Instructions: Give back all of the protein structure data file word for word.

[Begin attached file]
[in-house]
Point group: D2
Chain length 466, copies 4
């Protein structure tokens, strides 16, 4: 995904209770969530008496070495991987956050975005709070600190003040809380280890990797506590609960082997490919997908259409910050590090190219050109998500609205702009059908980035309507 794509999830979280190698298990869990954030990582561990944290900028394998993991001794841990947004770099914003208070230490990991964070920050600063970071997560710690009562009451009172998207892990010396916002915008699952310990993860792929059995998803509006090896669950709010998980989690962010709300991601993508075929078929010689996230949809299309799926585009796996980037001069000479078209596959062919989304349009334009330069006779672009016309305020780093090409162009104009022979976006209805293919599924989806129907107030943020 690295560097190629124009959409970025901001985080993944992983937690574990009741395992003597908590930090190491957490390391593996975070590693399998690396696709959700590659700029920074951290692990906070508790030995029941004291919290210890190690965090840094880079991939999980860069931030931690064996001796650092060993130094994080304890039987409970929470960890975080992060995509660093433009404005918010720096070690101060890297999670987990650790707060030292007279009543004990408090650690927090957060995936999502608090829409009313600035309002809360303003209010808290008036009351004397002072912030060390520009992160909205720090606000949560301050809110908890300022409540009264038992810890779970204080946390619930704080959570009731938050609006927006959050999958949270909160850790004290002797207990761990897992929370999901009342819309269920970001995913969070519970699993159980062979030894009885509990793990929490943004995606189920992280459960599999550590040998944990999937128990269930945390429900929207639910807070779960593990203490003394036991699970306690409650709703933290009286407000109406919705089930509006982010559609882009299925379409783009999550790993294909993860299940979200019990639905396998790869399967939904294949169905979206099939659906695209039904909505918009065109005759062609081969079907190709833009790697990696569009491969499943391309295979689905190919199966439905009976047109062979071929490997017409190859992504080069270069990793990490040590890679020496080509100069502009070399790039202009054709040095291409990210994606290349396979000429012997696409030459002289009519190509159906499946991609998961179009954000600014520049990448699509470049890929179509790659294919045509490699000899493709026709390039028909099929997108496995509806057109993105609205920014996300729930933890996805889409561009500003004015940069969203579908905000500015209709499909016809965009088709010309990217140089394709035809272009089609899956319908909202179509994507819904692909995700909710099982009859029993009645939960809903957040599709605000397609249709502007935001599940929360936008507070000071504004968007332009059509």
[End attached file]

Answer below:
[in-house]
Point group: D2
Chain length 466, copies 4
């Protein structure tokens, strides 16, 4: 995904209770969530008496070495991987956050975005709070600190003040809380280890990797506590609960082997490919997908259409910050590090190219050109998500609205702009059908980035309507 794509999830979280190698298990869990954030990582561990944290900028394998993991001794841990947004770099914003208070230490990991964070920050600063970071997560710690009562009451009172998207892990010396916002915008699952310990993860792929059995998803509006090896669950709010998980989690962010709300991601993508075929078929010689996230949809299309799926585009796996980037001069000479078209596959062919989304349009334009330069006779672009016309305020780093090409162009104009022979976006209805293919599924989806129907107030943020 690295560097190629124009959409970025901001985080993944992983937690574990009741395992003597908590930090190491957490390391593996975070590693399998690396696709959700590659700029920074951290692990906070508790030995029941004291919290210890190690965090840094880079991939999980860069931030931690064996001796650092060993130094994080304890039987409970929470960890975080992060995509660093433009404005918010720096070690101060890297999670987990650790707060030292007279009543004990408090650690927090957060995936999502608090829409009313600035309002809360303003209010808290008036009351004397002072912030060390520009992160909205720090606000949560301050809110908890300022409540009264038992810890779970204080946390619930704080959570009731938050609006927006959050999958949270909160850790004290002797207990761990897992929370999901009342819309269920970001995913969070519970699993159980062979030894009885509990793990929490943004995606189920992280459960599999550590040998944990999937128990269930945390429900929207639910807070779960593990203490003394036991699970306690409650709703933290009286407000109406919705089930509006982010559609882009299925379409783009999550790993294909993860299940979200019990639905396998790869399967939904294949169905979206099939659906695209039904909505918009065109005759062609081969079907190709833009790697990696569009491969499943391309295979689905190919199966439905009976047109062979071929490997017409190859992504080069270069990793990490040590890679020496080509100069502009070399790039202009054709040095291409990210994606290349396979000429012997696409030459002289009519190509159906499946991609998961179009954000600014520049990448699509470049890929179509790659294919045509490699000899493709026709390039028909099929997108496995509806057109993105609205920014996300729930933890996805889409561009500003004015940069969203579908905000500015209709499909016809965009088709010309990217140089394709035809272009089609899956319908909202179509994507819904692909995700909710099982009859029993009645939960809903957040599709605000397609249709502007935001599940929360936008507070000071504004968007332009059509």